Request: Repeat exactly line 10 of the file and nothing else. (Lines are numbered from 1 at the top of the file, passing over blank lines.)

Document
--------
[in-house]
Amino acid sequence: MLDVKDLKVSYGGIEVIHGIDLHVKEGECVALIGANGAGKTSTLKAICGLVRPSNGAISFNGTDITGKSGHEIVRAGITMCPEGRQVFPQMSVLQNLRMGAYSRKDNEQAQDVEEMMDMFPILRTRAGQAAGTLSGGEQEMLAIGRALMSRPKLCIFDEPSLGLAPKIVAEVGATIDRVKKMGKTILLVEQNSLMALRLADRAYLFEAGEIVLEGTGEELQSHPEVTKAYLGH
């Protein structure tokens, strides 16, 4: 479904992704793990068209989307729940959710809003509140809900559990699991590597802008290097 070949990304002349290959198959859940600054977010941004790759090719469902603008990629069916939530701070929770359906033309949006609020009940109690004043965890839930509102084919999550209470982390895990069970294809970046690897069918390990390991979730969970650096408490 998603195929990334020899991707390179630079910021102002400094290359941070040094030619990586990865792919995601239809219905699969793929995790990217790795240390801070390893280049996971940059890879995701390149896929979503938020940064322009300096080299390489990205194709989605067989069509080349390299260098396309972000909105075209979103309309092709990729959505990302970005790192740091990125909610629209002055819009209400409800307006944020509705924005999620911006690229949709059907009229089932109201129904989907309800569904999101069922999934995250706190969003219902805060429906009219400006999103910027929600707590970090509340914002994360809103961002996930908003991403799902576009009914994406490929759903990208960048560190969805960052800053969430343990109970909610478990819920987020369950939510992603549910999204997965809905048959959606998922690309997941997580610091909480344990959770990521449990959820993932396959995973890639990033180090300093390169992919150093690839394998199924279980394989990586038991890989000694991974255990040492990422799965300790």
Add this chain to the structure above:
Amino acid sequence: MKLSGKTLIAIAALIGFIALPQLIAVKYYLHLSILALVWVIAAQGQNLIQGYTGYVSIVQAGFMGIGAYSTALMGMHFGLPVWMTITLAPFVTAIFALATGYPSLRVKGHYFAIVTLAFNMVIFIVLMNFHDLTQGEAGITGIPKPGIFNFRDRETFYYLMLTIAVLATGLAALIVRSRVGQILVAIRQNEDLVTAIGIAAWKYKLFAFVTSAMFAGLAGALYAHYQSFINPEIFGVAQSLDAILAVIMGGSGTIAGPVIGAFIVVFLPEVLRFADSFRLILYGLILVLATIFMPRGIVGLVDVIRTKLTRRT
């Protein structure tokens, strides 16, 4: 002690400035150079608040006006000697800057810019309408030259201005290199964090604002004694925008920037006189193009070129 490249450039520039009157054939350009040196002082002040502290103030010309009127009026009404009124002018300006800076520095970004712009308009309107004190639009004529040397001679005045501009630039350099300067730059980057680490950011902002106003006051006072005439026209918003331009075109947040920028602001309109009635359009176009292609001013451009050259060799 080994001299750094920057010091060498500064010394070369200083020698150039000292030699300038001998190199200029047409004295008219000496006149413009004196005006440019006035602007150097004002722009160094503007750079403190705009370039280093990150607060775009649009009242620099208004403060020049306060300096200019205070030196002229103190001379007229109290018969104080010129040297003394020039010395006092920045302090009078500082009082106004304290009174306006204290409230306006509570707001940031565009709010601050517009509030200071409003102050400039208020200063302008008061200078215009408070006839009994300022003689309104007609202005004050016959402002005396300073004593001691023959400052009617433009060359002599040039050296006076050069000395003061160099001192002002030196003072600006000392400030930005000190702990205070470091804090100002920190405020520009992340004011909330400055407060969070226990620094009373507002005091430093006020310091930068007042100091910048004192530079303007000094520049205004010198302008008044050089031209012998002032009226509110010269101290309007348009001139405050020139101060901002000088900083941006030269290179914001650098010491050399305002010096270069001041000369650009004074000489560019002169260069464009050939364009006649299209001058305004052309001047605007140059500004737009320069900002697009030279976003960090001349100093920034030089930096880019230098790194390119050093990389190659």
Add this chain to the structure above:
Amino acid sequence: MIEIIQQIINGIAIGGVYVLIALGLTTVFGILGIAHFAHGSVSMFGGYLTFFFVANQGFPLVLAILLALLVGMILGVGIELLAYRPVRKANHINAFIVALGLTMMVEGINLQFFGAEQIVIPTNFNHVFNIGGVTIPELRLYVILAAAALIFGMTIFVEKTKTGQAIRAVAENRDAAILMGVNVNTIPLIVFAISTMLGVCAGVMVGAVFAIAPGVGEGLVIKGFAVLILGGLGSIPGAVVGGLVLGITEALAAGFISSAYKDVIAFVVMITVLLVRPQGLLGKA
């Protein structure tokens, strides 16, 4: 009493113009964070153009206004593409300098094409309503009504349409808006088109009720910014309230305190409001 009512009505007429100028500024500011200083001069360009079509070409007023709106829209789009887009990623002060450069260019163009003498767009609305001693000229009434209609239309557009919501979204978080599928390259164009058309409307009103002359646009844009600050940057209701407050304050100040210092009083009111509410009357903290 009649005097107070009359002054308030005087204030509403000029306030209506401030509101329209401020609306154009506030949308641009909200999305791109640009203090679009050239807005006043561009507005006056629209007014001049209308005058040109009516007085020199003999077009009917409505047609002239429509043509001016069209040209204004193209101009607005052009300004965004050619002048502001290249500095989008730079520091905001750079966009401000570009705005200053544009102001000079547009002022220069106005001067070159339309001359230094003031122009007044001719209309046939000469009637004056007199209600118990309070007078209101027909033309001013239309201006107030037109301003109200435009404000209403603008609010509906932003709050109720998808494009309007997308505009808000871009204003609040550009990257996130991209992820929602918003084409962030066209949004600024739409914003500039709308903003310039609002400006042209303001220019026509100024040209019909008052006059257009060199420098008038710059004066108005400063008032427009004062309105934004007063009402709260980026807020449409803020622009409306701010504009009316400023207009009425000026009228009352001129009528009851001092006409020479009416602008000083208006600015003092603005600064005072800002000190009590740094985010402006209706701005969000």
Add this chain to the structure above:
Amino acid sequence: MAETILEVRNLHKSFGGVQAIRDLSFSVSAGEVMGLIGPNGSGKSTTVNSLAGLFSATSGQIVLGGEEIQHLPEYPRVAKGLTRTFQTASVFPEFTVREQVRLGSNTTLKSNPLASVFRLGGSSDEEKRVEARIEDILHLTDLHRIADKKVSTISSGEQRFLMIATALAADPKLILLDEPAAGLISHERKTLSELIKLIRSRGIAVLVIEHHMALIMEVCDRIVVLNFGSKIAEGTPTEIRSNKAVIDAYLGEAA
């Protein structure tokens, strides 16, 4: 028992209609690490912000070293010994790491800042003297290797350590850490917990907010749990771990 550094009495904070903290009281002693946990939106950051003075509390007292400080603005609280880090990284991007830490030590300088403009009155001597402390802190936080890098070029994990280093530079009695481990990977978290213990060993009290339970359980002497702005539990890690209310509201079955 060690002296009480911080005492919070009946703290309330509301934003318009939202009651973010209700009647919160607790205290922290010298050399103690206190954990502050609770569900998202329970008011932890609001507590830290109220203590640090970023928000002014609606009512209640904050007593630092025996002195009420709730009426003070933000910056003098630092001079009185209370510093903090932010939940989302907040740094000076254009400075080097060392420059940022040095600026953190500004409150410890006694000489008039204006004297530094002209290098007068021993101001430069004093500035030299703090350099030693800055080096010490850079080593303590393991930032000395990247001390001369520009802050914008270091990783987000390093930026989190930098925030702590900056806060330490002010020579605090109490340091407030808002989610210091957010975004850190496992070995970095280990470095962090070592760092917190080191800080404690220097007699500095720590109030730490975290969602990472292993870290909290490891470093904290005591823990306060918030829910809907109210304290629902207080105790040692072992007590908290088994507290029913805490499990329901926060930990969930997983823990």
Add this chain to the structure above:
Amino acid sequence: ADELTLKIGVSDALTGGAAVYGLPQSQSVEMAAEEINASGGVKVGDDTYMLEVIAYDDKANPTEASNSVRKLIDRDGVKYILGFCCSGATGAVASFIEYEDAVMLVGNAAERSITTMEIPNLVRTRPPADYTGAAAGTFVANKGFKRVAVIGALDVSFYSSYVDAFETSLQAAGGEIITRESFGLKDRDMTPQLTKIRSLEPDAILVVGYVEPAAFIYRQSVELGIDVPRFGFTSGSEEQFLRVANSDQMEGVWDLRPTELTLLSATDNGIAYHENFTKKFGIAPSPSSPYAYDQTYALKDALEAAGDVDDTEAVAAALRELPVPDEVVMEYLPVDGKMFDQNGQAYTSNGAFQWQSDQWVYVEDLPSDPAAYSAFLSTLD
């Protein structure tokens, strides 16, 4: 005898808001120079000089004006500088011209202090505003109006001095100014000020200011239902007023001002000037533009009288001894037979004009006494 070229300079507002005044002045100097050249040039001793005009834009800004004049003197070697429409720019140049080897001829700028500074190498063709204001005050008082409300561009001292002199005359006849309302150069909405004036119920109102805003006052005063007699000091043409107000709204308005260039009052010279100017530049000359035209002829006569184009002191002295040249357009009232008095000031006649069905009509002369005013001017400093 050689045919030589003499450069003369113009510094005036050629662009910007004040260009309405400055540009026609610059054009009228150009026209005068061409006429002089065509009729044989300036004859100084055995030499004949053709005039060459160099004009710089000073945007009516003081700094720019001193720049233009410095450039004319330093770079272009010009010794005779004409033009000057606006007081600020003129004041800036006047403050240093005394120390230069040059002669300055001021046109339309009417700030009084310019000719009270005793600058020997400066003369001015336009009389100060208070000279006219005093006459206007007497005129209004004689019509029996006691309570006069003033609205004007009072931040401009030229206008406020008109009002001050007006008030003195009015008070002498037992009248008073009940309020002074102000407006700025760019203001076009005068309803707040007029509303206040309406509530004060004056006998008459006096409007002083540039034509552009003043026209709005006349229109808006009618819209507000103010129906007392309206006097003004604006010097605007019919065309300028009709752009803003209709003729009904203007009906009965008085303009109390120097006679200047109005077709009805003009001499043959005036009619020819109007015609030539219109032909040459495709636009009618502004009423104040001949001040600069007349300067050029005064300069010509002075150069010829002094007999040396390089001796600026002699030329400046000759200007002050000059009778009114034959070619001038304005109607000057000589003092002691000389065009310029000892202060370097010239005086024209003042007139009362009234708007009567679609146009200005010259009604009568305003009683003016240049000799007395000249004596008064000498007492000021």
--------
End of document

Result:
Add this chain to the structure above: